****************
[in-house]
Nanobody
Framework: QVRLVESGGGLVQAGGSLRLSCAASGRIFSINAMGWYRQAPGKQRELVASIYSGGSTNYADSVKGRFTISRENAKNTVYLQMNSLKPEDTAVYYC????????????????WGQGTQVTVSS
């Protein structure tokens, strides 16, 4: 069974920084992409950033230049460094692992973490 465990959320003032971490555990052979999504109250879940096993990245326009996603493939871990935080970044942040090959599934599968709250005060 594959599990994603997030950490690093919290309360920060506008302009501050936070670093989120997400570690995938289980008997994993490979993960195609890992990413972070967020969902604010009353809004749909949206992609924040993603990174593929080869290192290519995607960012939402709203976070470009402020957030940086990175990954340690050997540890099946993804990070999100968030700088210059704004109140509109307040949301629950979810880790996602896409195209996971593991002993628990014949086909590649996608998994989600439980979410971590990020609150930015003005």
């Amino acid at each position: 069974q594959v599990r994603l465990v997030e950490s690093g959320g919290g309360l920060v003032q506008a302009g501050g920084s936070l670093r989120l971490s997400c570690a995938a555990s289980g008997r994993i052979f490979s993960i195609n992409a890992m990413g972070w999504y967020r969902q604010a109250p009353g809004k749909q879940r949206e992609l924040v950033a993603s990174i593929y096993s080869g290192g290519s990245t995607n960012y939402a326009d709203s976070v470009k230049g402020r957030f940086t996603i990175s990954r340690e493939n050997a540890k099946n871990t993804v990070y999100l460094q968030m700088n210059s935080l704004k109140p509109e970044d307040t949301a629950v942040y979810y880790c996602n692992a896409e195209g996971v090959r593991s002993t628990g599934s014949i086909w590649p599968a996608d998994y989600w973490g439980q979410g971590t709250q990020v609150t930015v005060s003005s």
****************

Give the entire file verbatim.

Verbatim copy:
[in-house]
Nanobody
Framework: QVRLVESGGGLVQAGGSLRLSCAASGRIFSINAMGWYRQAPGKQRELVASIYSGGSTNYADSVKGRFTISRENAKNTVYLQMNSLKPEDTAVYYC????????????????WGQGTQVTVSS
């Protein structure tokens, strides 16, 4: 069974920084992409950033230049460094692992973490 465990959320003032971490555990052979999504109250879940096993990245326009996603493939871990935080970044942040090959599934599968709250005060 594959599990994603997030950490690093919290309360920060506008302009501050936070670093989120997400570690995938289980008997994993490979993960195609890992990413972070967020969902604010009353809004749909949206992609924040993603990174593929080869290192290519995607960012939402709203976070470009402020957030940086990175990954340690050997540890099946993804990070999100968030700088210059704004109140509109307040949301629950979810880790996602896409195209996971593991002993628990014949086909590649996608998994989600439980979410971590990020609150930015003005």
């Amino acid at each position: 069974q594959v599990r994603l465990v997030e950490s690093g959320g919290g309360l920060v003032q506008a302009g501050g920084s936070l670093r989120l971490s997400c570690a995938a555990s289980g008997r994993i052979f490979s993960i195609n992409a890992m990413g972070w999504y967020r969902q604010a109250p009353g809004k749909q879940r949206e992609l924040v950033a993603s990174i593929y096993s080869g290192g290519s990245t995607n960012y939402a326009d709203s976070v470009k230049g402020r957030f940086t996603i990175s990954r340690e493939n050997a540890k099946n871990t993804v990070y999100l460094q968030m700088n210059s935080l704004k109140p509109e970044d307040t949301a629950v942040y979810y880790c996602n692992a896409e195209g996971v090959r593991s002993t628990g599934s014949i086909w590649p599968a996608d998994y989600w973490g439980q979410g971590t709250q990020v609150t930015v005060s003005s």